Laurel Wilson (student), A Proposal to Provide Tips for Hosts at Stone’s End    

*Juan Vazquez (student), Why the United States Should Adopt Nuclear Power” (MLA-style research paper)    

Center for Children’s Health and the Environment, “More Kids Are Getting Brain Cancer. Why?” (advocacy advertisement)    

*Donald Shoup, “Gone Parkin’”    


Part 5    The Researched Argument    


16  Finding and Evaluating Sources    

Formulating a Research Question    

Understanding Differences in the Kinds of Sources    

        Books versus Periodicals versus Web Sites    

        Scholarly Books versus Trade Books    

        Scholarly Journals versus Magazines    

        Print Sources versus Cyberspace Sources    

Finding Books: Searching Your Library’s Online Catalog    

Finding Articles: Searching a Licensed Database    

        What Is a Licensed Database?    

        Keyword Searching    

        Illustration of a Database Search    

Finding Cyberspace Sources: Searching the World Wide Web    

        The Logic of the Internet    

        Using Web Search Engines    

        Determining Where You Are on the Web    

Reading Your Sources Rhetorically    

        Reading with Your Own Goals in Mind    

        Reading with Rhetorical Awareness    

        Taking Effective Notes    

Evaluating Sources    

        Angle of Vision    

        Degree of Advocacy    



Understanding the Rhetoric of Web Sites   

        The Web as a Unique Rhetorical Environment    

        Analyzing the Purpose of a Site and Your Own Research Purpose    

        Sorting Sites by Domain Type    

        Evaluating a Web Site    



17  Using, Citing, and Documenting Sources    

Using Sources for Your Own Purposes    

Creating Rhetorically Effective Attributive Tags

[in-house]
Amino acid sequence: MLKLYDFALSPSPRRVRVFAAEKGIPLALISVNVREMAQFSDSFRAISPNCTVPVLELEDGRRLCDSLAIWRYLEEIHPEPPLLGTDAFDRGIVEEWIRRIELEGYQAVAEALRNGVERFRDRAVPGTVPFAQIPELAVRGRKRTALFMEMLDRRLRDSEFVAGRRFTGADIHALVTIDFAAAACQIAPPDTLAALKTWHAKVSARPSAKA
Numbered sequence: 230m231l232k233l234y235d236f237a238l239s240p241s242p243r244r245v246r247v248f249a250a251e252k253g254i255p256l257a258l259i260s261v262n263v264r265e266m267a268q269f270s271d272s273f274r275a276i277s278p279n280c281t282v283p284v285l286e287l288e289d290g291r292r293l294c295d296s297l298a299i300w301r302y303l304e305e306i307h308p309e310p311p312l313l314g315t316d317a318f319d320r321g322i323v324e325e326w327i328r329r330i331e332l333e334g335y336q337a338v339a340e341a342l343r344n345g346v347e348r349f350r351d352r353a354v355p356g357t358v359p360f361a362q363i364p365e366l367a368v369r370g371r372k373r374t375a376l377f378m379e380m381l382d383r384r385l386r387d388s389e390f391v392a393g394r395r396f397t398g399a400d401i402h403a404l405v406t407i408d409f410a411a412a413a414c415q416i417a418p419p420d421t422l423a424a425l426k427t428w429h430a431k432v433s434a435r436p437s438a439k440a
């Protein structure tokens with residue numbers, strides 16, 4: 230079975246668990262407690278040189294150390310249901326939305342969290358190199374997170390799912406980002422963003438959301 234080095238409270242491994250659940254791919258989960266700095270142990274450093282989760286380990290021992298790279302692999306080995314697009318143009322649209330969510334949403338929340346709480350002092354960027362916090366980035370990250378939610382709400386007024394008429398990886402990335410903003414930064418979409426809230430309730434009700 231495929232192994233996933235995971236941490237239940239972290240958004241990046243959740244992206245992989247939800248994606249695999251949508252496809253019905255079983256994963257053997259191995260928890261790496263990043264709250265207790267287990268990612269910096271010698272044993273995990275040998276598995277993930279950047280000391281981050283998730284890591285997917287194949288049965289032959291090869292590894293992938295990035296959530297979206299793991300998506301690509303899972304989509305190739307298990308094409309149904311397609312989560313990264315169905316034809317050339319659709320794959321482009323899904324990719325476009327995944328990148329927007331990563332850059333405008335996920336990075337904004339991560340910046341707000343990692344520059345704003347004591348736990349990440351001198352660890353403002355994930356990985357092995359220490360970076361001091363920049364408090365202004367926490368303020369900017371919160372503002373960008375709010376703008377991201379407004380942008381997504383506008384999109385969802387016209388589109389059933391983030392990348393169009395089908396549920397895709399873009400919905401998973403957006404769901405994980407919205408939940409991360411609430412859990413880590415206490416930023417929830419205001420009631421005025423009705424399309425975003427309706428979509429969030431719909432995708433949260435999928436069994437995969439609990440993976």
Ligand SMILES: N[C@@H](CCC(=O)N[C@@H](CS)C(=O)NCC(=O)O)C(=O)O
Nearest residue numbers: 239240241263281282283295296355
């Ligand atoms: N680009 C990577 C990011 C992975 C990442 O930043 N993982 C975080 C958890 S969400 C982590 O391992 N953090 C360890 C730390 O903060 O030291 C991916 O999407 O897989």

Using Attributive Tags to Separate Your Ideas from Your Source’s    

        Creating Attributive Tags to Shape Reader Response   

Working Sources into Your Own Prose    




Avoiding Plagiarism 

Understanding Parenthetical Citation Systems with Bibliographies    

Understanding MLA Style    

        The MLA Method of In-Text Citation    

        MLA Format for the “Works Cited” List    

MLA “Works Cited” Citations    

Student Example of an MLA-Style Research Paper    

Understanding APA Style    

        APA Method of In-Text Citation    

        APA Format for the “References” List    

APA “References” Citations    


Student Example of an APA-Style Research Paper    

Megan Matthews (student), “Sounding the Alarm: Navy Sonar and the Survival of Whales”    




One  Informal Fallacies    

The Problem of Conclusiveness in an Argument    

An Overview of Informal Fallacies    

        Fallacies of Pathos    

        Fallacies of Ethos    

        Fallacies of Logos    


Two  The Writing Community: Working in Groups    

From Conflict to Consensus: How to Get the Most Out of the Writing Community    

        Avoiding Bad Habits of Group Behavior    

        The Value of Group Work for Writers    

Forming Writing Communities: Skills and Roles    

        Working in Groups of Five to Seven People    

        Working in Pairs    

Group Project: Holding a “Norming Session” to Define “Good Argumentative Writing”    

“Bloody Ice”    

“RSS Should Not Provide Dorm Room Carpets”    

“Sterling Hall Dorm Food”    

“ROTC Courses Should Not Get College Credit”    

“Legalization of Prostitution”